Eat Joy is a charming, and sometimes heart-breaking or heart-warming depending on subject, collection of essays and recipes from respected authors like Alexander Chee, Porochista Khakpour, Lev Grossman, Carmen Maria Machado, Anthony Doerr, Edwidge Danticat, and Chimamanda Ngozie Adichie. Some recipes are definitely new to me and I want to try them – Mira Jacob provides a chai recipe, Rakesh Satyal has one for pie (I have yet to master pies) – but others are just something simple that brought comfort at a tough time, like Dina Abu-Jaber’s pita+yogurt+z’atar (one is literally boxed brownie mix, that’s it).

This would be a perfect addition to a cooking-themed holiday basket you might be planning.

Dear FTC: I read a review copy sent to me by the publisher. Thank you so much to Catapult pitching it to me.

mini-review · stuff I read

In the Dream House: A Memoir by Carmen Maria Machado

42188604._SY475_Summary from Goodreads:
A startling, moving, and innovative memoir from the National Book Award Finalist for Fiction.

For years Carmen Maria Machado has struggled to articulate her experiences in an abusive same-sex relationship. In this extraordinarily candid and radically inventive memoir, Machado tackles a dark and difficult subject with wit, inventiveness and an inquiring spirit, as she uses a series of narrative tropes—including classic horror themes—to create an entirely unique piece of work which is destined to become an instant classic.

In the Dream House is a phenomenal work of memoir, both in its unique construction and determination to shatter cultural myths about domestic violence in queer relationships. Machado chose to use second person as a point of view to show how her relationship with her “dream woman” slowly devolved into terror, a choice that both allowed space between herself and the incidents and also invited the reader to make those horrible situations personal, make them universal. In between these short vignettes/chapters are small essays about the recognition of domestic abuse in queer relationships and how, legally and culturally, it is still very hard to contemplate from a cis-het-patriarchal worldview.

I was privileged to hear Machado read over the weekend (and in conversation with Garth Greenwell) and she’s such a wonderful speaker and thinker. In the Dream House is both a quick (lots of white space) and slow (there are some incidents with her “dream woman” that are truly terrifying and give you pause) read but very much worth the time you spend on it.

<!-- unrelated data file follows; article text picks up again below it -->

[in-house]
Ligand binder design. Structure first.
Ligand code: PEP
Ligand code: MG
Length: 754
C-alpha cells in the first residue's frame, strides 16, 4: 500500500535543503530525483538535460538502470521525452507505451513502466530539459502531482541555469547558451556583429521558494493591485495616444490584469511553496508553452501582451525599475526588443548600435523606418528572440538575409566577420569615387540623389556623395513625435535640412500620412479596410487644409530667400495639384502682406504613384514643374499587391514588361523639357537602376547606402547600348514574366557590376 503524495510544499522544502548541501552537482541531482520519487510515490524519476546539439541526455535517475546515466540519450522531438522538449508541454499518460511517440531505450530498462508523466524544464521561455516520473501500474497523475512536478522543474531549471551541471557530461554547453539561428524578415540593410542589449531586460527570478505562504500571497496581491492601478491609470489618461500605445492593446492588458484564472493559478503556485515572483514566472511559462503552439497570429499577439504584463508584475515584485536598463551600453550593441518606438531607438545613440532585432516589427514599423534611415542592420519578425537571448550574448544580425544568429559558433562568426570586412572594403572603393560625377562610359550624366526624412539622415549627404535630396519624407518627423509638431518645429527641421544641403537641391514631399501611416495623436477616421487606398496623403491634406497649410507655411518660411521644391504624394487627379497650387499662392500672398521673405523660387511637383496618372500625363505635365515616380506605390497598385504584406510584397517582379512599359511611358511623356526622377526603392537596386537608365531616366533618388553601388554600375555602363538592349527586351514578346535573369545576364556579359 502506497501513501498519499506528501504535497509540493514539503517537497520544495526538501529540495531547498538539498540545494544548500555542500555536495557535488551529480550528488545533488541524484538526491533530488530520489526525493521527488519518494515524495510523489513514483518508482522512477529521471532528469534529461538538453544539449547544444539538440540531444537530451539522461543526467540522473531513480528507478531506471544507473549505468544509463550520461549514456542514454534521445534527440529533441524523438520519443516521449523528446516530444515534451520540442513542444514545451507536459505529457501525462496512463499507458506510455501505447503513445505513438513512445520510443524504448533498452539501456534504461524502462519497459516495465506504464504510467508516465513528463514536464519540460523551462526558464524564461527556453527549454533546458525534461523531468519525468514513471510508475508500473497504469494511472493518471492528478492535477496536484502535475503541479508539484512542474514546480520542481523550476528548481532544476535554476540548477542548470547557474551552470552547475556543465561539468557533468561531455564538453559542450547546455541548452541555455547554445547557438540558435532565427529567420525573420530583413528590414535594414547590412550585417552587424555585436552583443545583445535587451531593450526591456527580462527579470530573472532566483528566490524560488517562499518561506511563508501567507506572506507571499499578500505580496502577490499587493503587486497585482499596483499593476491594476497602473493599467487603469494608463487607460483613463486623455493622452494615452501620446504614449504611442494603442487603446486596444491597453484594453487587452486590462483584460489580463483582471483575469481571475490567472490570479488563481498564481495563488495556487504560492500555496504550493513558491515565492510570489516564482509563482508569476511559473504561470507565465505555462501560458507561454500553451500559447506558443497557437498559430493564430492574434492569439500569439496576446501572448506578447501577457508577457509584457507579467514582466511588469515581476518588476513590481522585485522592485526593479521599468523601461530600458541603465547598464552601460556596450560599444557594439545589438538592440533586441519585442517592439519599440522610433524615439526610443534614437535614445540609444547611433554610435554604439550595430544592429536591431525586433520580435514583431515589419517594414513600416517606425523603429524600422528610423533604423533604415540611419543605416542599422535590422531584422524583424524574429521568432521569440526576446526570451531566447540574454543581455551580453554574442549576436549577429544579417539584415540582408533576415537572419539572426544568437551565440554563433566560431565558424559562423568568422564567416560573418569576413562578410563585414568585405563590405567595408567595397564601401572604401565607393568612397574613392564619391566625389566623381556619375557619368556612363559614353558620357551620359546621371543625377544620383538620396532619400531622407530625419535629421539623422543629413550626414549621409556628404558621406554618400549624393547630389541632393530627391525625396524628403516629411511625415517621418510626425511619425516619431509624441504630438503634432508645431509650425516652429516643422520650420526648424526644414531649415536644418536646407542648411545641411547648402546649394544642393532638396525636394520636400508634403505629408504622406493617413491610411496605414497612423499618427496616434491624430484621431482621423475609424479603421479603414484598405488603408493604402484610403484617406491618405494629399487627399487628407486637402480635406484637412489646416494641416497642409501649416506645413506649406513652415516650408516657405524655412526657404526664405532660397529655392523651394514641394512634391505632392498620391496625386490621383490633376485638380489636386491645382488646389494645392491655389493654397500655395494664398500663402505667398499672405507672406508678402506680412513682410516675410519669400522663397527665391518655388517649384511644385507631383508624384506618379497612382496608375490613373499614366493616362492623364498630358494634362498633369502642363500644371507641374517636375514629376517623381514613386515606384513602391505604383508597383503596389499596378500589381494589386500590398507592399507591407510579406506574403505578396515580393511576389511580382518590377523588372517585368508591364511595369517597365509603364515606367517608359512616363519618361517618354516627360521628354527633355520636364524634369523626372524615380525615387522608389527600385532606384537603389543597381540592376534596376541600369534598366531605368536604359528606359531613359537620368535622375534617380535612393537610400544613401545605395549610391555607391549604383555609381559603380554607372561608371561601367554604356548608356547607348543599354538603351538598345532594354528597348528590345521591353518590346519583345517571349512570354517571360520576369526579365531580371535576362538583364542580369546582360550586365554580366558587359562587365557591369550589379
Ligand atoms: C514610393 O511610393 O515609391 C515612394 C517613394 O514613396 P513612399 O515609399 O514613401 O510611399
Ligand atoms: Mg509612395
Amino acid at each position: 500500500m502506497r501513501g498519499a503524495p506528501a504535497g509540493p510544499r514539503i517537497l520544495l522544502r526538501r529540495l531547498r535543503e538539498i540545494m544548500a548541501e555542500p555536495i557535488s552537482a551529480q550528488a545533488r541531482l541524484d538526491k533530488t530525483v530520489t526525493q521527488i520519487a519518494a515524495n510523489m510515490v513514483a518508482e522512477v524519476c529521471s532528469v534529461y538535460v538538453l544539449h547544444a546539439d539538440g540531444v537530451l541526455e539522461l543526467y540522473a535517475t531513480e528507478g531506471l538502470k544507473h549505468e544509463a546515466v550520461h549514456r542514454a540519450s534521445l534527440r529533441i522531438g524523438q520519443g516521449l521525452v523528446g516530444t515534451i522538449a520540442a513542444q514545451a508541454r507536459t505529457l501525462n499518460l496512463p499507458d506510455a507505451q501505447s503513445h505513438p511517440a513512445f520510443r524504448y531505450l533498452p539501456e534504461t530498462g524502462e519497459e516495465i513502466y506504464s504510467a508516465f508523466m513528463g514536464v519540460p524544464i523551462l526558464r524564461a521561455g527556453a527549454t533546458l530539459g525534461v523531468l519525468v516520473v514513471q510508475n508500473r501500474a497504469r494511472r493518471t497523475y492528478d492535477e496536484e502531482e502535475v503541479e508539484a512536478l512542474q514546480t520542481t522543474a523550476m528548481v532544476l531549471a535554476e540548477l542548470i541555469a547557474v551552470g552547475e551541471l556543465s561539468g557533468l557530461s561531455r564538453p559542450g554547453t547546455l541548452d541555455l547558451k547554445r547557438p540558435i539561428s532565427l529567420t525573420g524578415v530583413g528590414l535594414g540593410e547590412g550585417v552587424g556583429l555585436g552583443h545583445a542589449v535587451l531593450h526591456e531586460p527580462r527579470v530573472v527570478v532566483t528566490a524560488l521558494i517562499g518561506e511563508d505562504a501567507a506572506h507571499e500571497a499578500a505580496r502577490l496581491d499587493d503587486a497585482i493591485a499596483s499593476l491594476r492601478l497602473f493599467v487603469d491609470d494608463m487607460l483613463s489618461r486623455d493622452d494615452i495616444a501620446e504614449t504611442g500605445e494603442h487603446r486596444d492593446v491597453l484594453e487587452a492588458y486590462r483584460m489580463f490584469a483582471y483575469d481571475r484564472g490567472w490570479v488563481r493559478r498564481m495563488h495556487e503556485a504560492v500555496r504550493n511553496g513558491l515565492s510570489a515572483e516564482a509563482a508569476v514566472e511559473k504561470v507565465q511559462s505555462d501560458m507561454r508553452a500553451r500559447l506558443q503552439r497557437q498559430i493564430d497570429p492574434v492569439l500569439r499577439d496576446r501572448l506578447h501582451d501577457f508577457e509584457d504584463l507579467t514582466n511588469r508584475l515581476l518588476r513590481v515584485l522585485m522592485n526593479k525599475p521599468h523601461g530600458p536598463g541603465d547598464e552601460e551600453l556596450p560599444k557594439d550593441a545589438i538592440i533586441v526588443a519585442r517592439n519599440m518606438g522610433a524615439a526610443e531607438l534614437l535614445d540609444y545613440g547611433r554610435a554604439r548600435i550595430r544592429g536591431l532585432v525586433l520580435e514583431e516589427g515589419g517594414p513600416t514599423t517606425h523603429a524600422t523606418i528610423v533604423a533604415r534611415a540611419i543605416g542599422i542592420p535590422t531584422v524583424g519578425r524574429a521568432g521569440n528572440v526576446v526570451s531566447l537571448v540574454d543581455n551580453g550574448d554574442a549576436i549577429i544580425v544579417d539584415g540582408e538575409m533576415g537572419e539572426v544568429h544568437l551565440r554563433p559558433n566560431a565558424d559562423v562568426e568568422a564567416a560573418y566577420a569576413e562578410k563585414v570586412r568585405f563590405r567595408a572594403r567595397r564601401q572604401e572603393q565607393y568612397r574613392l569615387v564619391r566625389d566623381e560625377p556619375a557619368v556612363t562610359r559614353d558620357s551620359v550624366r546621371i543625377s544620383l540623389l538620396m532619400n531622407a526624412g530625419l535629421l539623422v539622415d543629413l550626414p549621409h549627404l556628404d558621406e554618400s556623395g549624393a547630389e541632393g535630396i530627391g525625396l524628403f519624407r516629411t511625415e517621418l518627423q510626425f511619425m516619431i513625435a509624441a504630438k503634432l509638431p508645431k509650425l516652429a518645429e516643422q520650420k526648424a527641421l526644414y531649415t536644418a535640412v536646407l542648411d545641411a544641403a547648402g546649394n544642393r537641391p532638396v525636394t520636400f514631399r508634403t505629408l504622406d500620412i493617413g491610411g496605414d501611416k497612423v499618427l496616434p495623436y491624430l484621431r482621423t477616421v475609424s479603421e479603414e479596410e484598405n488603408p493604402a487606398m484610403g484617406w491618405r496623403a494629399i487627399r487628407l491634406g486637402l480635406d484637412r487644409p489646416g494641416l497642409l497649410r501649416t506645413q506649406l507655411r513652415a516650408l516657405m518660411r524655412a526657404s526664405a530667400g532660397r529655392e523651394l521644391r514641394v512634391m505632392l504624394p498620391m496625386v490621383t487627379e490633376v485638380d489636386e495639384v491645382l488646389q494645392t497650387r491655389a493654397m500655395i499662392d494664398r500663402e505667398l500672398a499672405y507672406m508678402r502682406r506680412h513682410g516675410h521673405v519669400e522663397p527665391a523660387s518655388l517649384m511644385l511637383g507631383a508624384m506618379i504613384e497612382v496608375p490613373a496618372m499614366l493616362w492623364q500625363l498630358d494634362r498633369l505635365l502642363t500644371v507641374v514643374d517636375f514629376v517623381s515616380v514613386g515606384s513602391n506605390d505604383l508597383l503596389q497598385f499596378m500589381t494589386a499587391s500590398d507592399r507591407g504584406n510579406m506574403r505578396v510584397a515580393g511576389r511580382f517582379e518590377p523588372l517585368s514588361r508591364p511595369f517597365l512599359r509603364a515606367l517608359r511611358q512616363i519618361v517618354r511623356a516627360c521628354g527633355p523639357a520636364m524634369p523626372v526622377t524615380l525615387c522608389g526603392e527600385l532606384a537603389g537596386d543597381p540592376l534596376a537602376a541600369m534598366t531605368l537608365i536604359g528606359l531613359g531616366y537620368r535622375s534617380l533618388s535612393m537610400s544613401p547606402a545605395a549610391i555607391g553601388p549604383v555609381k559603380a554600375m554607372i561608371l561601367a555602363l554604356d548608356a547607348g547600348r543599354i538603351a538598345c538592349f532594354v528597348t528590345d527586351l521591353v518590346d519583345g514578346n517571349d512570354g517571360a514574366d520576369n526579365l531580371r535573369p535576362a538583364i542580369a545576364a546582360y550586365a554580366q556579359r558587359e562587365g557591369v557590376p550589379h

Dear FTC: I read a galley that I requested from Graywolf Press. Thank you so much, Graywolf, for sending it.

mini-review · stuff I read

The Witches Are Coming by Lindy West

38362811Summary from Goodreads:
A brilliant and incisive look at how patriarchy, intolerance, and misogyny have conquered not just politics but American culture itself.

What do Adam Sandler, Donald Trump, and South Park have in common? Why are myths like “reverse sexism” and “political correctness” so seductive? And why do movie classics of yore, from Sixteen Candles to Revenge of the Nerds, make rape look like so much silly fun? With Lindy West’s signature wit and in her uniquely incendiary voice, The Witches are Coming lays out a grand theory of America that explains why Trump’s election was, in many ways, a foregone conclusion.

As West reveals through fascinating journeys across the landscapes of pop culture, the lies that fostered the catastrophic resentment that boiled over in the 2016 presidential race did not spring from a vacuum. They have in fact been woven into America’s DNA, cultivated by generations of mediocre white men and fed to the masses with such fury that we have become unable to recognize them as lies at all.

Whether it be the notion overheard since the earliest moments of the #MeToo movement that feminism has gone too far or the insistence that holding someone accountable for his actions amounts to a “witch hunt,” The Witches are Coming exposes the lies that many have chosen to believe and the often unexpected figures who have furthered them. Along the way, it unravels the tightening link between culture and politics, identifying in the memes, music, and movies we’ve loved the seeds of the neoreactionary movement now surging through the nation.

Sprawling, funny, scorching, and illuminating, The Witches are Coming shows West at the top of her intellectual and comic powers. As much a celebration of America’s potential as a condemnation of our failures, some will call it a witch hunt—to which West would reply, “So be it. I’m a witch and I’m hunting you.”

I so enjoy Lindy West’s writing and The Witches are Coming does not disappoint. I snort-laughed in public often. This collection doesn’t have as much range as Shrill, which drew from all parts of Lindy’s life and felt very personal, but has more focus on cultural commentary – good commentary, and yes, that Adam Sandler essay because I have never understood why people thought he was funny. Her excellent Goop Health piece is included here.

(1. That cover. 2. Whee, Shrill S2 drops in January!)